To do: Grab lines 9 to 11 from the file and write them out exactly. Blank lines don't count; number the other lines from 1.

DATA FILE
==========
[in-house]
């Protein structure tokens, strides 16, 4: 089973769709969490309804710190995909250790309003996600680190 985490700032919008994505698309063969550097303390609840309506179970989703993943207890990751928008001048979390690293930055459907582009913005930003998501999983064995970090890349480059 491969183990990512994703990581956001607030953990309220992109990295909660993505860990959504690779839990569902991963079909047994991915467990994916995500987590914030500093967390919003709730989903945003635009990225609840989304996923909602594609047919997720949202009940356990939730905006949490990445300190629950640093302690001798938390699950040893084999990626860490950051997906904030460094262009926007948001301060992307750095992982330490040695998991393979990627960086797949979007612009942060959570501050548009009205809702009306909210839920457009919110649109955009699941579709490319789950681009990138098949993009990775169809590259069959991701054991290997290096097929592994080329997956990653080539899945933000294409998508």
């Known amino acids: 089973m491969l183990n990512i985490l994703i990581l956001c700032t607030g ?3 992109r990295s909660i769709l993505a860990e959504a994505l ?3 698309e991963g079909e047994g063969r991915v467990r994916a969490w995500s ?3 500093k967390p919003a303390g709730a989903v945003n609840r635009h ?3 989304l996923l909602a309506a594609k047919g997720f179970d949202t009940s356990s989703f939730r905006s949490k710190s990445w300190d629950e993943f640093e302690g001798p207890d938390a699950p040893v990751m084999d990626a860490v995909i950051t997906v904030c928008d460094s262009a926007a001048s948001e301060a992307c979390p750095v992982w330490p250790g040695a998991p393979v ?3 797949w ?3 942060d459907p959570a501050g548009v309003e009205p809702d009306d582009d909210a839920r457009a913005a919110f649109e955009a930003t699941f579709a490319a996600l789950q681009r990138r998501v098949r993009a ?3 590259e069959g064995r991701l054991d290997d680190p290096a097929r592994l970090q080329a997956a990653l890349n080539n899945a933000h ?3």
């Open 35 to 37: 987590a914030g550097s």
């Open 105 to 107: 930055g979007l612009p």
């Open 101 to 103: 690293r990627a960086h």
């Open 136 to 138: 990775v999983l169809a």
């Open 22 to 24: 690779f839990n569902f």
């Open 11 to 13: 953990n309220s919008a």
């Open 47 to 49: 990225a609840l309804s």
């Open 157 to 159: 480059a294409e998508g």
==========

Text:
């Open 11 to 13: 953990n309220s919008a």
């Open 47 to 49: 990225a609840l309804s």
């Open 157 to 159: 480059a294409e998508g």